Switch off electricity when you don’t need it
You’d be surprised how much energy you use when you’re not even using it.
Leaving lights on in empty rooms, leaving your computer on overnight, or charging your phone when it’s already fully charged all add up.
So next time you leave a room, make sure to turn off the lights.
And when you’re finished using an appliance, unplug it from the outlet.
It may not seem like much, but it really does make a difference.
Take shorter showers
Showering is one of the biggest uses of water in the home, so cutting back can really help reduce your carbon footprint.
If you’re used to taking long showers, start by cutting back by a minute or two.
You may not even notice the difference, but your water bill will!
Use alternate modes of transport instead of your car
Whenever possible, try to use alternate modes of transport instead of your car.
This includes walking, biking, taking public transportation, or carpooling.
Not only will you reduce your carbon footprint, but you’ll also get some exercise in the process.
Contribute to carbon offset schemes when you travel by air
Flying produces a lot of greenhouse gases, so if you can avoid it, that’s great.
But sometimes flying is necessary, and that’s OK.
You can offset the carbon emissions of your flight by contributing to a carbon offset scheme.
There are a lot of great schemes out there, so you can choose one that aligns with your values.
Reduce your consumption of meat
Meat production is a major contributor to greenhouse gas emissions, so reducing your consumption can really make a difference.
You don’t have to go completely vegetarian or vegan, but even cutting back on meat a few days a week can help.
There are a lot of delicious meat-free recipes out there, so you’re sure to find something you’ll love.
Use an electric car
If you’re in the market for a new car, consider an electric car.
Electric cars have a much smaller carbon footprint than gas-powered cars, so you’ll be doing your part to reduce emissions.
Plus, they’re really fun to drive!
Don’t opt for a hybrid, though.
While hybrids are more fuel-efficient than gas-powered cars, they still produce emissions.
Electric cars are the way to go if you’re looking to reduce your carbon footprint.
How Long Does It Take For A Solar Panel To Become Carbon Neutral?
Solar panels, on average, save over 900kg of CO2 each year, resulting in a carbon payback period of roughly 1.6 years.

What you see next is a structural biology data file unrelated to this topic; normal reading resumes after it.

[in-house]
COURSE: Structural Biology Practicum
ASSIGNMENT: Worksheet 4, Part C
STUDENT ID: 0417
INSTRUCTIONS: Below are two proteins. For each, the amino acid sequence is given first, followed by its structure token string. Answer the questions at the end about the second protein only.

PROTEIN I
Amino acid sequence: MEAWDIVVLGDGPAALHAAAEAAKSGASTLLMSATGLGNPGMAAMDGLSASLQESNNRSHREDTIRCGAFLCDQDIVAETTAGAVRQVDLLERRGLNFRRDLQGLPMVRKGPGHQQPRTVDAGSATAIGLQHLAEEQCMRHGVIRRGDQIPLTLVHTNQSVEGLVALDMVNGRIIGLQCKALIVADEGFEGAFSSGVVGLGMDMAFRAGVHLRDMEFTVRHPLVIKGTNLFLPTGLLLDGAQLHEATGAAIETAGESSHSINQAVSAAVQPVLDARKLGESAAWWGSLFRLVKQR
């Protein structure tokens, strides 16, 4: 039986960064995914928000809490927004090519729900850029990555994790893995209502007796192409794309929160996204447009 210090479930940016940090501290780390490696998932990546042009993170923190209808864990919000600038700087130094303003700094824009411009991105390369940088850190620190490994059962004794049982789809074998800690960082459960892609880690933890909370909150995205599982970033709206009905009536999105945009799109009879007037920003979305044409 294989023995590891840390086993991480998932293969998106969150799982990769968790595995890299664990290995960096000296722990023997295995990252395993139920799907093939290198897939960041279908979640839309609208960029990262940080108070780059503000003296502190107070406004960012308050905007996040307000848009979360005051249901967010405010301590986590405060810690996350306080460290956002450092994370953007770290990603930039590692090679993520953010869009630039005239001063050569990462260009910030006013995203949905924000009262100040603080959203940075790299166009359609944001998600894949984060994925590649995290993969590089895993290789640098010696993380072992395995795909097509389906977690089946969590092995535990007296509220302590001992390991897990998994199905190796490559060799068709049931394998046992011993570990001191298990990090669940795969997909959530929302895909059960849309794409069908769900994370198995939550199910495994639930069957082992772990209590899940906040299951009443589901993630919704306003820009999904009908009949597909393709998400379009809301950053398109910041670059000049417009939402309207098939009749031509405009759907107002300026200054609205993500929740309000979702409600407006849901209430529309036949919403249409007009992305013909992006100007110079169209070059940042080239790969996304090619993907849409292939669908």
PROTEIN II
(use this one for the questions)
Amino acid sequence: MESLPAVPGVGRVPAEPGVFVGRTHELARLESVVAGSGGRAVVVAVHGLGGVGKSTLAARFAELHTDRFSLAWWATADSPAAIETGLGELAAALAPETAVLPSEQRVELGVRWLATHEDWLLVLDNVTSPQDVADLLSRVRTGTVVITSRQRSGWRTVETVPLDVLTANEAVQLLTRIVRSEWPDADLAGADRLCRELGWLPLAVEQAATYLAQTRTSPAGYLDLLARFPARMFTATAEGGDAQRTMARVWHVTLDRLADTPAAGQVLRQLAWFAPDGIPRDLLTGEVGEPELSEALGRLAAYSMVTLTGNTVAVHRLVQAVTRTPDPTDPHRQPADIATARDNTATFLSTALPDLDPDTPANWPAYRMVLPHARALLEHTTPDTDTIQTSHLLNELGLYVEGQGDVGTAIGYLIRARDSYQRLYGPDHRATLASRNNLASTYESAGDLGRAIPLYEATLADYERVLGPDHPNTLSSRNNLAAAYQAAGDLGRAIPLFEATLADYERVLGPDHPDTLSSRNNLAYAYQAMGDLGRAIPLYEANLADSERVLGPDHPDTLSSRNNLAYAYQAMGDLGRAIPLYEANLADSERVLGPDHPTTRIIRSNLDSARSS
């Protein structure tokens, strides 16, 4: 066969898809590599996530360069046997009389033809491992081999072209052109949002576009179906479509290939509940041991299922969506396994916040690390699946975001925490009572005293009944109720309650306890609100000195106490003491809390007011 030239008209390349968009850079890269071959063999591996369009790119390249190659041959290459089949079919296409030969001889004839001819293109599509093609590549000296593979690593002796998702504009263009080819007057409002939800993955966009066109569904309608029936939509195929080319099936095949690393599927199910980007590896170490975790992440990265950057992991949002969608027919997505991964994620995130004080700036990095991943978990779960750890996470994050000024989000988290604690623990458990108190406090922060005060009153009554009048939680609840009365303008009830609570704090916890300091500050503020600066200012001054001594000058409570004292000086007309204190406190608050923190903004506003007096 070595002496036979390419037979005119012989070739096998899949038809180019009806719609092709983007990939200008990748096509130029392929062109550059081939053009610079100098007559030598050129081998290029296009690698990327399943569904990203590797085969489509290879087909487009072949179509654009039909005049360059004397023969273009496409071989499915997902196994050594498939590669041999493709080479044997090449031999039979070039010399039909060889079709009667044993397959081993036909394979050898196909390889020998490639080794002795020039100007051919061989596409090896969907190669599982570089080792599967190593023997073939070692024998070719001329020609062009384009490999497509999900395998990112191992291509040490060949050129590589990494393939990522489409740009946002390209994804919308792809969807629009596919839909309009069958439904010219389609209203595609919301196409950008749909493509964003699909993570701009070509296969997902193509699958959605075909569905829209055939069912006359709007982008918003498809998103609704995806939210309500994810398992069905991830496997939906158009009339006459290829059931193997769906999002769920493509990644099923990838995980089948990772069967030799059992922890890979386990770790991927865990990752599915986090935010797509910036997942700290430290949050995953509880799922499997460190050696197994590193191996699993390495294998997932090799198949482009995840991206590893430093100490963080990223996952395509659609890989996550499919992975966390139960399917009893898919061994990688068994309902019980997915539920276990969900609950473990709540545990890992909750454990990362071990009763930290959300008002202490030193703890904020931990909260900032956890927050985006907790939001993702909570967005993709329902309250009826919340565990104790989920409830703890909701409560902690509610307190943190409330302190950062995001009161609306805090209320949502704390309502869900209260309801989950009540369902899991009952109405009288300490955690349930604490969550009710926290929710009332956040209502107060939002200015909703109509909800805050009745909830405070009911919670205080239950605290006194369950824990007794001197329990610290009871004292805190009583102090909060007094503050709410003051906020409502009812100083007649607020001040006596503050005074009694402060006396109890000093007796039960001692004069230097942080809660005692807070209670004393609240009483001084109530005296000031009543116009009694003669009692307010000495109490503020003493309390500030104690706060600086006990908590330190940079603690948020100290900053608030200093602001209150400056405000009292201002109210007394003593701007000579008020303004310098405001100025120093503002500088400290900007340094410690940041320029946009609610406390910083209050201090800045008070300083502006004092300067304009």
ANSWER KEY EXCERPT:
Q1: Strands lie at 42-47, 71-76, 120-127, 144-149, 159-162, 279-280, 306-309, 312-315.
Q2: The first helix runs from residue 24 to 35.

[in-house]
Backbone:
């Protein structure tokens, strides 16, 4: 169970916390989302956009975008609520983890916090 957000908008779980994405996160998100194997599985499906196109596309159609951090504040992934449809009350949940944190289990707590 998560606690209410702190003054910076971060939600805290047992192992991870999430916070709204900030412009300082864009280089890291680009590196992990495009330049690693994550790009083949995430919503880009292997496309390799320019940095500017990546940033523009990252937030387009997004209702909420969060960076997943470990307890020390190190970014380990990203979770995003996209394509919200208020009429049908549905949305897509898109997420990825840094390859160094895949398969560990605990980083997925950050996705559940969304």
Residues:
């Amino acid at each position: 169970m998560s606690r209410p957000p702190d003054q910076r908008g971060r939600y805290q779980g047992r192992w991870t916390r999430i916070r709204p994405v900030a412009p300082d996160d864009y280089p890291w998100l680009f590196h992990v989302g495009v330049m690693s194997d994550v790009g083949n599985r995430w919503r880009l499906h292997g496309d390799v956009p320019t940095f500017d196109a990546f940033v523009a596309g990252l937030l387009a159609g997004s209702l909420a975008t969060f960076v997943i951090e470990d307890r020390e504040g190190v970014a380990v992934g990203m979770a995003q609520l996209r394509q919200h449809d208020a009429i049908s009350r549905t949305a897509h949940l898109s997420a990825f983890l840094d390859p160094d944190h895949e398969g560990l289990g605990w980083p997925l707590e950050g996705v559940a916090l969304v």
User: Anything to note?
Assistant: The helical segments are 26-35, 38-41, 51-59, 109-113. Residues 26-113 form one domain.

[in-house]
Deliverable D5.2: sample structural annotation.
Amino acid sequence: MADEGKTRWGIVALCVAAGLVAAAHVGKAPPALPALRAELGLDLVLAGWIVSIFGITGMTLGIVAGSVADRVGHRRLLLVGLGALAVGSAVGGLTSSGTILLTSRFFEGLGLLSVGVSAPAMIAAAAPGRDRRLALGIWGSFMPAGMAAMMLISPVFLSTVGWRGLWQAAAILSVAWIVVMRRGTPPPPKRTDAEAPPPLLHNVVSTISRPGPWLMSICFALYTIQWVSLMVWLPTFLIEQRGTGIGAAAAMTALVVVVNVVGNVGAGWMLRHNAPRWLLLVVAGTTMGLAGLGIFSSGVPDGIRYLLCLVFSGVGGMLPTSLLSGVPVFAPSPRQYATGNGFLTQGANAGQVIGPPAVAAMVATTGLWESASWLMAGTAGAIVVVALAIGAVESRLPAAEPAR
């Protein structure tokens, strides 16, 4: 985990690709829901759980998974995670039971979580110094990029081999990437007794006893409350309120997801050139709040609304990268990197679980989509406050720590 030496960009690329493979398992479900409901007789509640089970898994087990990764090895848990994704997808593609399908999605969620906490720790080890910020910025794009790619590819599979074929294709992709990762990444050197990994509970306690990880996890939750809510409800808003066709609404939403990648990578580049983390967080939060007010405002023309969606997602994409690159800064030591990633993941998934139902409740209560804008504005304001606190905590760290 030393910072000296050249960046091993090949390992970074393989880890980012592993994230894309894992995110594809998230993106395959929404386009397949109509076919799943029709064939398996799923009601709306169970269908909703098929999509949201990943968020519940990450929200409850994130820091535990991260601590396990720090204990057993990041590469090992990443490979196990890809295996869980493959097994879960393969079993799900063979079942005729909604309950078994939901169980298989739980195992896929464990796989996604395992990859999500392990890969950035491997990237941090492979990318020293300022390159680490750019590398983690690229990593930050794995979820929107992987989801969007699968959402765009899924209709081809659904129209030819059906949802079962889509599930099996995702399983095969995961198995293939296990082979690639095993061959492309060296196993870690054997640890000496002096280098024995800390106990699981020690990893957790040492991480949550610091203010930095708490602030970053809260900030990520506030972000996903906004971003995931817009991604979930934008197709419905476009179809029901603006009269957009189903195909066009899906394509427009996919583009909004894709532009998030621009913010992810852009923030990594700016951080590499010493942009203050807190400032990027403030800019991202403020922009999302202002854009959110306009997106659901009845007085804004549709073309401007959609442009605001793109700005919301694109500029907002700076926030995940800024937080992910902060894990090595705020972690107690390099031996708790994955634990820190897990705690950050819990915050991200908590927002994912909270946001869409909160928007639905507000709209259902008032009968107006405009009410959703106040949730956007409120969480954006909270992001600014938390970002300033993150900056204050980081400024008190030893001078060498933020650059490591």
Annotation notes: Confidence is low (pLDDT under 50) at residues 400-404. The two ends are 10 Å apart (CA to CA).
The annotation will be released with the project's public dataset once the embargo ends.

This means that the solar panel will have “paid” for the carbon dioxide emitted during its production within 1.6 years.
From that point onwards, it will continue to save carbon dioxide emissions every year for as long as it continues to produce electricity.
So, if a solar panel has an expected lifespan of 25 years, it will save over 22 tonnes of CO2 over its lifetime.
To put that into perspective, that’s the equivalent of planting 575 trees!
Does solar energy produce carbon emissions?
Solar power does not produce any emissions while it is being generated, and life-cycle analyses demonstrate that it has a lower carbon footprint throughout the “cradle to grave” process than fossil fuels. The embodied emissions of solar are dominated by the manufacturing process, which is approximately 70% of the total. These emissions can be avoided or reduced through a variety of methods.
What is embodied carbon?
Embodied carbon is the carbon dioxide emitted during the production of a product.
For solar panels, this includes the emissions from mining and manufacturing the materials used in the panel, as well as the emissions from shipping and installing the panel.
What do we mean by carbon offset?
A carbon offset is a way to compensate for the greenhouse gas emissions that you can’t avoid.
There are many different ways to offset your emissions, but one of the most popular is to contribute to a carbon offset scheme.
This compensates for your emissions by investing in projects that reduce greenhouse gas emissions elsewhere, such as planting trees or investing in renewable energy.
Do solar panels produce emissions when they generate electricity?
No, solar panels do not produce emissions when they generate electricity.
The only emissions come from the production of the panel itself, as well as shipping and installing the panel.
Once the panel is installed and generates electricity, there are no emissions.
What is energy payback?
The term EPBT refers to the time it takes for a solar PV system to produce the same amount of power (transformed into primary energy) as the energy supplied throughout its life cycle.
Which energy source emits the most CO2?
Natural gas and coal are the two biggest emitters of carbon dioxide. Natural gas emits 0.185 kg / kWh of CO2, while coal emits 0.335 pounds of CO2 per kWh. In comparison, solar panels only emit around 0.07-0.2 pounds of CO2 per kWh. This means that solar panels are much cleaner than both natural gas and coal.
Global warming is a huge problem, and we all need to do our part to reduce our carbon footprints.
One way to do this is to switch to solar power.
Solar panels have a very small carbon footprint, and they continue to save emissions for as long as they produce electricity.
So, if you’re looking for a way to reduce your carbon footprint, solar power is a great option.